In lab mice, bioengineered cows that produce large quantities of human polyclonal antibodies have effectively neutralized MERS-CoV and prevented infection in a study.

The researchers used SAB301 to vaccinate two groups of cows whose immunoglobulin (Ig) genes – which produce antibodies – have been replaced with an artificial chromosome carrying the human Ig genes. When vaccinated, these cows develop a robust immune response, and produce fully human polyclonal antibodies against MERS-CoV.

Gabriel DeFang and his colleagues then purified the antibodies from the cows’ blood, and tested them to evaluate their efficacy. They found that SAB301 effectively eliminated MERS-CoV from infected cells grown in Petri dishes, and that a single dose of it, administered to mice either 12 hours before or 24 and 48 hours after MERS-CoV infection, protected the animals from the virus.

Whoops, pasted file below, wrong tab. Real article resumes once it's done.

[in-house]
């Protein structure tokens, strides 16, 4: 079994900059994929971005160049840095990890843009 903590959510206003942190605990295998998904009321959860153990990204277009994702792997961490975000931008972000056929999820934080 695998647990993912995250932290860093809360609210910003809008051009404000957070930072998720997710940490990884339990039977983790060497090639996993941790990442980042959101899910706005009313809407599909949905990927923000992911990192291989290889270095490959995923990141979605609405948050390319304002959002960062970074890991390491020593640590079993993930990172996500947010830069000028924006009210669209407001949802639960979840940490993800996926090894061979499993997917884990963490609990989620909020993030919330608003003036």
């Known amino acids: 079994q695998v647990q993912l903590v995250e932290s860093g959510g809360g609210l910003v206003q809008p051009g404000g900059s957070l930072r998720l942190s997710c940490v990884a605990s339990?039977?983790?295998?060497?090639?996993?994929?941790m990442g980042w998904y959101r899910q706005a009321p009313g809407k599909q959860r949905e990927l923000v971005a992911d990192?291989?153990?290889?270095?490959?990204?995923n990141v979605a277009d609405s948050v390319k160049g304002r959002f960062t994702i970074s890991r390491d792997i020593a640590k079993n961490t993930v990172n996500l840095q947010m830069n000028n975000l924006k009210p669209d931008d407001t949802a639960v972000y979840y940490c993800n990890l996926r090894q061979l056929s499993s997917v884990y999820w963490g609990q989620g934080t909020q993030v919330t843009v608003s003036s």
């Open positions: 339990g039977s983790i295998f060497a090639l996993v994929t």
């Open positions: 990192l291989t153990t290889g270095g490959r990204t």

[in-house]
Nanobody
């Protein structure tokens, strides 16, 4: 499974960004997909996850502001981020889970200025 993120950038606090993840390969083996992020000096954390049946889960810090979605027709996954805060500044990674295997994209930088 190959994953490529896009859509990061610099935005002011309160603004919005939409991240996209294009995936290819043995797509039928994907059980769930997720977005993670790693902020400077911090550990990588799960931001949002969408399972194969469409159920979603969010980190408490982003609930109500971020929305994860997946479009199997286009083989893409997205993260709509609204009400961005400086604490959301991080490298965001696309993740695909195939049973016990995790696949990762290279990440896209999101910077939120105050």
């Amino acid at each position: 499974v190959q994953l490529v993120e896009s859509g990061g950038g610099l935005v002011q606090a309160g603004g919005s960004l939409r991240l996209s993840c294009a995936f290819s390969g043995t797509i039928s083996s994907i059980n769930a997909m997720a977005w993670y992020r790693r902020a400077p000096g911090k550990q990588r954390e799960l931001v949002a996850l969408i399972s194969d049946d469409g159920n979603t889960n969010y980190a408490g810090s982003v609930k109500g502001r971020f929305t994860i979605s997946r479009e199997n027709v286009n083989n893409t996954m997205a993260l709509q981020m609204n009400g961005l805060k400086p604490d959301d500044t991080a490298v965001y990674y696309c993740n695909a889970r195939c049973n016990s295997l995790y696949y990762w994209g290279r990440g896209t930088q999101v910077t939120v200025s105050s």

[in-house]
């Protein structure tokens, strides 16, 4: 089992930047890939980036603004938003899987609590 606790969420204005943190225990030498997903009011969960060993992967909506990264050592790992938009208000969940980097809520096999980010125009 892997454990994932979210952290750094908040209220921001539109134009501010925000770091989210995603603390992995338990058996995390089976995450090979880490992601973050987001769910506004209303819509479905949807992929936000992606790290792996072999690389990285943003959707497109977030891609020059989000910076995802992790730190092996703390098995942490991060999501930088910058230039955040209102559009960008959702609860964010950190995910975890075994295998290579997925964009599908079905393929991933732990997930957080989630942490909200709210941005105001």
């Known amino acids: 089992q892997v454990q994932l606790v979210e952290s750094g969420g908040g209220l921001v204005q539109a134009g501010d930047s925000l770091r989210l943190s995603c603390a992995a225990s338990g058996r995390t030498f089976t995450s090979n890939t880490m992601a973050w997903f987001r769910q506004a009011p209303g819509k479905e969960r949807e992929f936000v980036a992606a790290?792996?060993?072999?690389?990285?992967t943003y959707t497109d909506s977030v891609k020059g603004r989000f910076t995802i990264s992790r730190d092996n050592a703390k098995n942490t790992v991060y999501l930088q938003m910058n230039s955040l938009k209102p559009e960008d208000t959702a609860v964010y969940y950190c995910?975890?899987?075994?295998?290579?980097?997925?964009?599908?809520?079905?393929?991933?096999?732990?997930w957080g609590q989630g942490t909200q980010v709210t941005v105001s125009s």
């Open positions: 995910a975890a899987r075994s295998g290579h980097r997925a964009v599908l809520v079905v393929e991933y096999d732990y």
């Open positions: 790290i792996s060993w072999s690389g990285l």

The bioengineered cows used in the study produced between 150 – 600g of the antibodies per month, so the results, which have just been published in the journal Science Translational Medicine, suggest that this approach could offer a valuable new platform for the mass production of treatments for MERS-CoV and other emerging infectious diseases.

Kanakatte Raviprakash of the Naval Medical Research Center in Silver Spring, Maryland, a co-author of the study, says the next step is to file an application with the US Food and Drug Administration to start phase I studies in humans. “Availability depends upon many factors including the results of Phase II/III efficacy trials. We hope that if safety and efficacy is proven, then sufficient therapeutic would be available to those in need of treatment.”

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